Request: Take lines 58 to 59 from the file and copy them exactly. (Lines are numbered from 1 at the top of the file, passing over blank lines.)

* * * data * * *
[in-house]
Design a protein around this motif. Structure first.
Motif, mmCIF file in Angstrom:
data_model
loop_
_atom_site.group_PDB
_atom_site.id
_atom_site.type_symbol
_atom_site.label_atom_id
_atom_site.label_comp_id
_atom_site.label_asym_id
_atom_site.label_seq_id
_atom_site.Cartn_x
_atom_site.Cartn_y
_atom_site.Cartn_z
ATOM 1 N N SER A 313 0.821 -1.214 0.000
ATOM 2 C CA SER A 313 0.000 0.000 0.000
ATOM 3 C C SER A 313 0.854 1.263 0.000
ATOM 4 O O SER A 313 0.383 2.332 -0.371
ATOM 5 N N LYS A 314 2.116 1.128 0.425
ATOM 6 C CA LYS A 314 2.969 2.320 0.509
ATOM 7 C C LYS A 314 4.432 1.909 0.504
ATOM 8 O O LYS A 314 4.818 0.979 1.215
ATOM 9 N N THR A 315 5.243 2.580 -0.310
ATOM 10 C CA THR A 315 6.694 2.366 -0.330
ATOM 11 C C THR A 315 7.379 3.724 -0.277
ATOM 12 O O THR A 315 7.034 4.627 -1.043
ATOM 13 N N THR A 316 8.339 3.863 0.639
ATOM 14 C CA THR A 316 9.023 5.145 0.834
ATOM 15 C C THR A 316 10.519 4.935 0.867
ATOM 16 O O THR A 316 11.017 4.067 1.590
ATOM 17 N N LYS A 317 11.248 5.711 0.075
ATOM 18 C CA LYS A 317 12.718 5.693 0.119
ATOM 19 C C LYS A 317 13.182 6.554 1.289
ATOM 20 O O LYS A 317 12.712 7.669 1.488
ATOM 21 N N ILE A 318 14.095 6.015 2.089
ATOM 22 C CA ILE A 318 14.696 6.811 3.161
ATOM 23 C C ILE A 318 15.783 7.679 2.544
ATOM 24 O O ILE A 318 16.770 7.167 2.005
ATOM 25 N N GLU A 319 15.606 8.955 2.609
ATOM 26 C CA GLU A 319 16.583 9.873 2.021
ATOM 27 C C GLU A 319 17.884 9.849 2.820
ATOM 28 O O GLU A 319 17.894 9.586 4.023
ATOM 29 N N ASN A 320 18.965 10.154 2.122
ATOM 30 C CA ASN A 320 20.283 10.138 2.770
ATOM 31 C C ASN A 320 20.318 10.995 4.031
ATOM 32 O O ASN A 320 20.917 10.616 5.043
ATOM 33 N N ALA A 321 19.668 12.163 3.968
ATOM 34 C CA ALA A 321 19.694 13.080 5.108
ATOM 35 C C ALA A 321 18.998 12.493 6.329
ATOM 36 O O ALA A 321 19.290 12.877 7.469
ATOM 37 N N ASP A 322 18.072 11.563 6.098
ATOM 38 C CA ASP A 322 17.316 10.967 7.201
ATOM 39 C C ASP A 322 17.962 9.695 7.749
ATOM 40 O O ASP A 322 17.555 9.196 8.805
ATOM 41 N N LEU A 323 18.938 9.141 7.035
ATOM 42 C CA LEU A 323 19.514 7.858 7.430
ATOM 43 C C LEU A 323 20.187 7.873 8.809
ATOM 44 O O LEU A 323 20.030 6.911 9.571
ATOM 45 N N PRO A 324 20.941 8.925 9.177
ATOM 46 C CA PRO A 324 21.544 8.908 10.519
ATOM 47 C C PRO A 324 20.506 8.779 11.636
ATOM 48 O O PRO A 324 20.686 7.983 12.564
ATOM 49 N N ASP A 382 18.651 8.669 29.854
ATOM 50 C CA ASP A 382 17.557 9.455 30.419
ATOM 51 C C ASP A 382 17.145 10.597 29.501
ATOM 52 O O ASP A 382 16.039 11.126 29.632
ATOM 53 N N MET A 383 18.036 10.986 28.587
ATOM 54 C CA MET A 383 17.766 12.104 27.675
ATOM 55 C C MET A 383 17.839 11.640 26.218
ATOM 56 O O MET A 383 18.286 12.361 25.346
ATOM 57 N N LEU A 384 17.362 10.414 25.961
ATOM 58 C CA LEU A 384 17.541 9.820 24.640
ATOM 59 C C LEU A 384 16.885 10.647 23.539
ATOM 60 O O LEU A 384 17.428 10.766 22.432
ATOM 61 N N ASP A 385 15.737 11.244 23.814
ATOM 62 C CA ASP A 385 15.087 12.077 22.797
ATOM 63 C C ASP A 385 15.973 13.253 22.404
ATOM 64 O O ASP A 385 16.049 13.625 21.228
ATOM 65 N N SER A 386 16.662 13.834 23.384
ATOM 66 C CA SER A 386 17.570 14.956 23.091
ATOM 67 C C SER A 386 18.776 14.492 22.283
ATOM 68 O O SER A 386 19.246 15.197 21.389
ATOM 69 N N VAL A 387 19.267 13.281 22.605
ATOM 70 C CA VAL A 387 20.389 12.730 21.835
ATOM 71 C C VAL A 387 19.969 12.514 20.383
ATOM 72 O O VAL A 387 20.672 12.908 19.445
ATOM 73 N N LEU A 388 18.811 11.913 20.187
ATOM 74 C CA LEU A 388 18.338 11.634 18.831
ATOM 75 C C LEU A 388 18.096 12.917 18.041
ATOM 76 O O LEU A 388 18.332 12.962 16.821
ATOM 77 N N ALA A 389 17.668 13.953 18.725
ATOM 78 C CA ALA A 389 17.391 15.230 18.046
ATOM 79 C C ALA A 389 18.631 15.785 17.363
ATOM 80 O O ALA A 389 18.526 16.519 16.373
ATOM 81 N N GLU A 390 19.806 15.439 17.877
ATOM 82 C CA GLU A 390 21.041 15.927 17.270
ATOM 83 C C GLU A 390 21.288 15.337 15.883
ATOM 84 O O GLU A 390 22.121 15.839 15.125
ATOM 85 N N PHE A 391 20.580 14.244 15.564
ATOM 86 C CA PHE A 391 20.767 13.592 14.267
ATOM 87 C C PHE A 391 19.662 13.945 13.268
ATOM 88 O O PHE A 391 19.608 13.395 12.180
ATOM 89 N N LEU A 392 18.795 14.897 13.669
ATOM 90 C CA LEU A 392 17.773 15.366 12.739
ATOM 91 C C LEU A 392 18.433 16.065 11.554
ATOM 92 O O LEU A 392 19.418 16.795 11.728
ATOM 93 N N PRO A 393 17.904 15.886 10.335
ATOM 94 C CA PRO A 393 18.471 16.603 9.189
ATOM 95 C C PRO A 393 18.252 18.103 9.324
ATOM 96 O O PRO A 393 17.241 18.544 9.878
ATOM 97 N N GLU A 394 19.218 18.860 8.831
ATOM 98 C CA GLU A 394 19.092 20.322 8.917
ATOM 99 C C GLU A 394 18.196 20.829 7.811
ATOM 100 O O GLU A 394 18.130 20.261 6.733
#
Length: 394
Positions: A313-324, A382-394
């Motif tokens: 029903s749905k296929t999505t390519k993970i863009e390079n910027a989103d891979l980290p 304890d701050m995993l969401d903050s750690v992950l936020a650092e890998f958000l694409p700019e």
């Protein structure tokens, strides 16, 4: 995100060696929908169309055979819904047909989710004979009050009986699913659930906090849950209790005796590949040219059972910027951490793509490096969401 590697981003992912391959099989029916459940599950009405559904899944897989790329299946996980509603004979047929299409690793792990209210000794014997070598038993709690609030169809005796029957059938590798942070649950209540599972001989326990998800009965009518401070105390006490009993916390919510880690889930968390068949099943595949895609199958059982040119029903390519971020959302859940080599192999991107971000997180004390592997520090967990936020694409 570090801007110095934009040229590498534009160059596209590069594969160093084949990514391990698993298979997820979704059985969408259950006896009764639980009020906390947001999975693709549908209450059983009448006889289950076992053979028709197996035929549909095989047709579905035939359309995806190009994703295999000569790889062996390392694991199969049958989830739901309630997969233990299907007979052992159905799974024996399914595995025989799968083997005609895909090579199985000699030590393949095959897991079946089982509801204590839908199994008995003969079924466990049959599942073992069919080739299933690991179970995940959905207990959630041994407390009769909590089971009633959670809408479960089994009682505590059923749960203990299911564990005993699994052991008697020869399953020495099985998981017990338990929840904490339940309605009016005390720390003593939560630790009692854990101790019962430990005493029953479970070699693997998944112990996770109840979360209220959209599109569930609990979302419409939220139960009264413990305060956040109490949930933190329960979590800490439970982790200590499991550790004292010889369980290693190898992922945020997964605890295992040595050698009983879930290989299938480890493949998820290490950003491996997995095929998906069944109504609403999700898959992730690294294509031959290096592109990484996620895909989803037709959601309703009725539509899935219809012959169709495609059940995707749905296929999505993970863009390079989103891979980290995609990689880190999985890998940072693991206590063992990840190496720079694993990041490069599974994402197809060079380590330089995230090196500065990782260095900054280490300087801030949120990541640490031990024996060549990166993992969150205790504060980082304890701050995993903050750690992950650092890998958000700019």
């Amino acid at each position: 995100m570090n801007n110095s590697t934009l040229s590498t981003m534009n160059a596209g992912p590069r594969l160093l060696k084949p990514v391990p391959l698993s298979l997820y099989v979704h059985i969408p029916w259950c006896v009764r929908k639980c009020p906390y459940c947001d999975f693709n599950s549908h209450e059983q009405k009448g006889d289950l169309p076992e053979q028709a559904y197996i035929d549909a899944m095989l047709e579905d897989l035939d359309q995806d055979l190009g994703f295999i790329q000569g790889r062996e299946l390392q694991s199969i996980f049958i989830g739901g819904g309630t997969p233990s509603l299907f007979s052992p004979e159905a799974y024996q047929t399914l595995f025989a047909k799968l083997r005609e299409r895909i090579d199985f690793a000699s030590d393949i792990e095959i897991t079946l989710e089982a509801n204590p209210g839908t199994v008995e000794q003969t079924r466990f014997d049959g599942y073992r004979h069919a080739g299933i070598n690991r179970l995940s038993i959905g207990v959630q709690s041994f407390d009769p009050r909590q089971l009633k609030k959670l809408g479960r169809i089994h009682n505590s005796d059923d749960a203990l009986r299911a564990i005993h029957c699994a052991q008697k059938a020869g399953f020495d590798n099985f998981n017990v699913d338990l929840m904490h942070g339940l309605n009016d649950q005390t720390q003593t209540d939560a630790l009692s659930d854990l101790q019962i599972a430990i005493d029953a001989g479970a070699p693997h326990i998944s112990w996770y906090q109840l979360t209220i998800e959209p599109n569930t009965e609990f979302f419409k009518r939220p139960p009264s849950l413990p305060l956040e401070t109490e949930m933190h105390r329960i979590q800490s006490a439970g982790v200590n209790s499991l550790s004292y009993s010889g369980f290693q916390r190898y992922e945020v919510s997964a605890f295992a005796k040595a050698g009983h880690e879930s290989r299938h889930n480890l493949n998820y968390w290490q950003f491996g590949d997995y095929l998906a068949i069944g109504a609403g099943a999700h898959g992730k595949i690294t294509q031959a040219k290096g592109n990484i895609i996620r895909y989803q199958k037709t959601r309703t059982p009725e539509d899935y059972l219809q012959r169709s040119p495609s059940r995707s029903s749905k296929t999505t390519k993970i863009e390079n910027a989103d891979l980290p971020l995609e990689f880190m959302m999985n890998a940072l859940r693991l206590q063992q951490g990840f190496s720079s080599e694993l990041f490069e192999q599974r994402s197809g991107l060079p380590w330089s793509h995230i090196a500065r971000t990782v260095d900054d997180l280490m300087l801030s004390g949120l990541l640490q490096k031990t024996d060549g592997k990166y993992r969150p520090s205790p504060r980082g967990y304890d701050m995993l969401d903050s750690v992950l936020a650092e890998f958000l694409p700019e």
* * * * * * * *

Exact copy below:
ATOM 43 C C LEU A 323 20.187 7.873 8.809
ATOM 44 O O LEU A 323 20.030 6.911 9.571